Chambers, Dorothea Lambert (1878–1960)

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Chambers, Dorothea Lambert (1878–1960)

British tennis champion and seven-time singles winner at Wimbledon. Name variations: Dorothea Katharine Chambers; Dorothea Lambert-Chambers; Mrs. Robert Lambert Chambers; Dorothea Katherine Douglass. Born Dorothea Katharine Douglass at Ealing, Middlesex, England, in September 1878; died in January 1960; married Robert Lambert Chambers, 1907.

Singles winner at Wimbledon (1903, 1904, 1906, 1910, 1911, 1913, and 1914); All-England badminton doubles champion (1903) and mixed champion (1904); won an Olympic gold medal in singles tennis in London (1908).

Possibly the most outstanding woman tennis player before World War I, Dorothea Lambert Chambers was one of the first athletes to take up tennis as a serious sport and was a forerunner to the modern-day dedicated professional. The daughter of a cleric, she won her first Wimbledon title by default in 1903, when Muriel Robb did not defend her title. Chambers retained the Wimbledon title in 1904 against Charlotte Sherry but lost it in 1905 to American May Sutton . The following year, she regained the title but lost to Sutton again in 1907. Chambers was the All-England badminton doubles champion in 1903 and mixed champion in 1904. In the London Olympics in 1908, she won the gold medal in singles tennis.

After leaving competition to have a child, Chambers returned to Wimbledon with renewed determination in 1910 and won the title, as she would three more time times in the next four years. Her 1911 win over Dora Boothby , by a score of 6–0, 6–0, was the only shut out of its kind in a Wimbledon singles final. Following World War I, which halted competition, Chambers returned to the courts, blessedly free of the long skirts and petticoats that had restricted play early in her career. Now 40 years old, she faced the brilliant young Frenchwoman Suzanne Lenglen in one of the most exciting of all women's finals at Wimbledon, with Lenglen barely squeaking out the win in the final set. The following year, Chambers again faced Lenglen in the finals but was defeated 6–3, 6–0.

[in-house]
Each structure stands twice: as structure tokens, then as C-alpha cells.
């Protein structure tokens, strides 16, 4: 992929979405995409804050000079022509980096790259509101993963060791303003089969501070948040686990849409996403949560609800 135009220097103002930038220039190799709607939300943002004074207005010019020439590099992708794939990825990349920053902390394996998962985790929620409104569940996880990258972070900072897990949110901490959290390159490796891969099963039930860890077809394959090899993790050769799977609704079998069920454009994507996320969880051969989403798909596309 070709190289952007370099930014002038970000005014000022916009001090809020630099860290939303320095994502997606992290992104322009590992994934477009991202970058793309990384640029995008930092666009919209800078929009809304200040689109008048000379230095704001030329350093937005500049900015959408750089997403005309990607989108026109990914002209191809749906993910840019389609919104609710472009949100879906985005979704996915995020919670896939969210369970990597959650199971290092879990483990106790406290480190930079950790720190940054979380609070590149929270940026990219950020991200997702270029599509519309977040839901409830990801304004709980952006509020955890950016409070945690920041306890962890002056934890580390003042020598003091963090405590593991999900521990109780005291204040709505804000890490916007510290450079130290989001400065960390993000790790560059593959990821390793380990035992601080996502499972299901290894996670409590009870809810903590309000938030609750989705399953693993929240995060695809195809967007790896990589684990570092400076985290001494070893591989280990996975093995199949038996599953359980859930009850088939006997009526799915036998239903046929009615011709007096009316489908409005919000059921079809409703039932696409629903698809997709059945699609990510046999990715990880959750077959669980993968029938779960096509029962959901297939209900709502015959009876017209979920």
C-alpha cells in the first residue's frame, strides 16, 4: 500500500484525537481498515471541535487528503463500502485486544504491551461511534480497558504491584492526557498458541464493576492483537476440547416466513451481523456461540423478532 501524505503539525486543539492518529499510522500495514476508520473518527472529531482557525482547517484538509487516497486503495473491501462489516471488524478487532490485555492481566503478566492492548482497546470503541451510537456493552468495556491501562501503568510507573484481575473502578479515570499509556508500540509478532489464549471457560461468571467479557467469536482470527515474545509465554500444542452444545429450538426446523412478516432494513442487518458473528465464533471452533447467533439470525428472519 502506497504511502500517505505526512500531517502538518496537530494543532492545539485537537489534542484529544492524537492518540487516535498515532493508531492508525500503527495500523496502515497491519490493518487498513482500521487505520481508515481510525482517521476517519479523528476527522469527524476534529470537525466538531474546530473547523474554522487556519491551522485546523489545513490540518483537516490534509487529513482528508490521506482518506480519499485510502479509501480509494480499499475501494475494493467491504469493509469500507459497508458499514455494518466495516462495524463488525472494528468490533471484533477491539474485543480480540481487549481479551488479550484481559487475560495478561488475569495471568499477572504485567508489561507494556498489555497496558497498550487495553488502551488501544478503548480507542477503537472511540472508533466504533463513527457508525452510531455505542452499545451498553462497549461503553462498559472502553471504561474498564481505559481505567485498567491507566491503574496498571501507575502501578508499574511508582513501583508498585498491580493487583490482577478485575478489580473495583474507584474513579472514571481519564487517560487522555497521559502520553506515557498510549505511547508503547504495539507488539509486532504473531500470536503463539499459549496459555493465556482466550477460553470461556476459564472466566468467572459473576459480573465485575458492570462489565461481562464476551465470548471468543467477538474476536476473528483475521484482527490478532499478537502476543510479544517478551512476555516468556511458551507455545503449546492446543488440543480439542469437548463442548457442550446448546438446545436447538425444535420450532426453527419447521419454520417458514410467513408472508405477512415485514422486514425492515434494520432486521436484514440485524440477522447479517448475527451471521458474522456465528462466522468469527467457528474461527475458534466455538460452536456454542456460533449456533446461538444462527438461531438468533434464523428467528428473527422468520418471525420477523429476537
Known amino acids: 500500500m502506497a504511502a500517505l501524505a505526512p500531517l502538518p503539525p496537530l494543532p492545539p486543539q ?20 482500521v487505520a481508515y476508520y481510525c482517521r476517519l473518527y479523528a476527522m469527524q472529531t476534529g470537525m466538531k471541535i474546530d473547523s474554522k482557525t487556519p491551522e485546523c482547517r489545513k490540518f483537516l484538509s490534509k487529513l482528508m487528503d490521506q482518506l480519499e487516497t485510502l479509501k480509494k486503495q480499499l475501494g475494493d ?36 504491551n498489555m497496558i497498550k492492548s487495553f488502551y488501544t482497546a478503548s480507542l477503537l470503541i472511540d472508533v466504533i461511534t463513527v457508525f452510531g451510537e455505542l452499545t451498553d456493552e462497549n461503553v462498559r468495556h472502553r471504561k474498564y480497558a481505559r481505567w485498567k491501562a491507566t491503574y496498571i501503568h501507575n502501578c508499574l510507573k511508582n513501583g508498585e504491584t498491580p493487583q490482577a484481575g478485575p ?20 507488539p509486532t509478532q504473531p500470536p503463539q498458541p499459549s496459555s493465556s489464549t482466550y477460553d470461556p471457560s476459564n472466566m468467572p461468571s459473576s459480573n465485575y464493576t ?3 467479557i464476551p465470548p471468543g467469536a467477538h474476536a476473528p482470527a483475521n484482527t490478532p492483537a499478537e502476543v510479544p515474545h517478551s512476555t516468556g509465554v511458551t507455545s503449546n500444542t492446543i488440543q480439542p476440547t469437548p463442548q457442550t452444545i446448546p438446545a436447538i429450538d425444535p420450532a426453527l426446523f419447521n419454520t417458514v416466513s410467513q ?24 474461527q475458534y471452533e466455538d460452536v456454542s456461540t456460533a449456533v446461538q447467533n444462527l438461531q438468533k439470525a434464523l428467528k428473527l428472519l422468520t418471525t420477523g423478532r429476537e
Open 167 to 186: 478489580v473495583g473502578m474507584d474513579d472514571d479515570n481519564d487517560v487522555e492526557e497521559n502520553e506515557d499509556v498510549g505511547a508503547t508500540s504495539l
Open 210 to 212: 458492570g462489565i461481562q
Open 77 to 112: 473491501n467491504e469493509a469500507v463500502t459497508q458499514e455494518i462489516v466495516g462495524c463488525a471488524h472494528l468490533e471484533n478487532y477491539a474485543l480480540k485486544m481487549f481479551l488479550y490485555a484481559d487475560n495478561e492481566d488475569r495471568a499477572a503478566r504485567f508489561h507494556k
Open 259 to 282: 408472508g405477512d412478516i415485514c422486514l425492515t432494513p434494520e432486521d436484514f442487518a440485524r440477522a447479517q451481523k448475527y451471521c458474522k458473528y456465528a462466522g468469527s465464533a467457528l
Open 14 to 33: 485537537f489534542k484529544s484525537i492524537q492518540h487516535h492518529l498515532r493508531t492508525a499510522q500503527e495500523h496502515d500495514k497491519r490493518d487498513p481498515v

In 1925, at age 46, Chambers was selected to play for Great Britain in the Wightman Cup at Forest Hills. On the first day, partnered with Ermyntrude Harvey , she won a doubles match against Americans Molla Mallory and May Sutton. On the second day, in searing heat, Chambers won her singles match against Eleanor Goss , a woman half her age, in a game that J. Arthur Batley, the British Team manager, called "the brainiest display of lawn tennis one could wish to see." It was Great Britain's first Wightman victory on American soil, a feat that was not to be repeated again for 50 years. In 1928, Chambers turned to coaching.

Barbara Morgan , Melrose, Massachusetts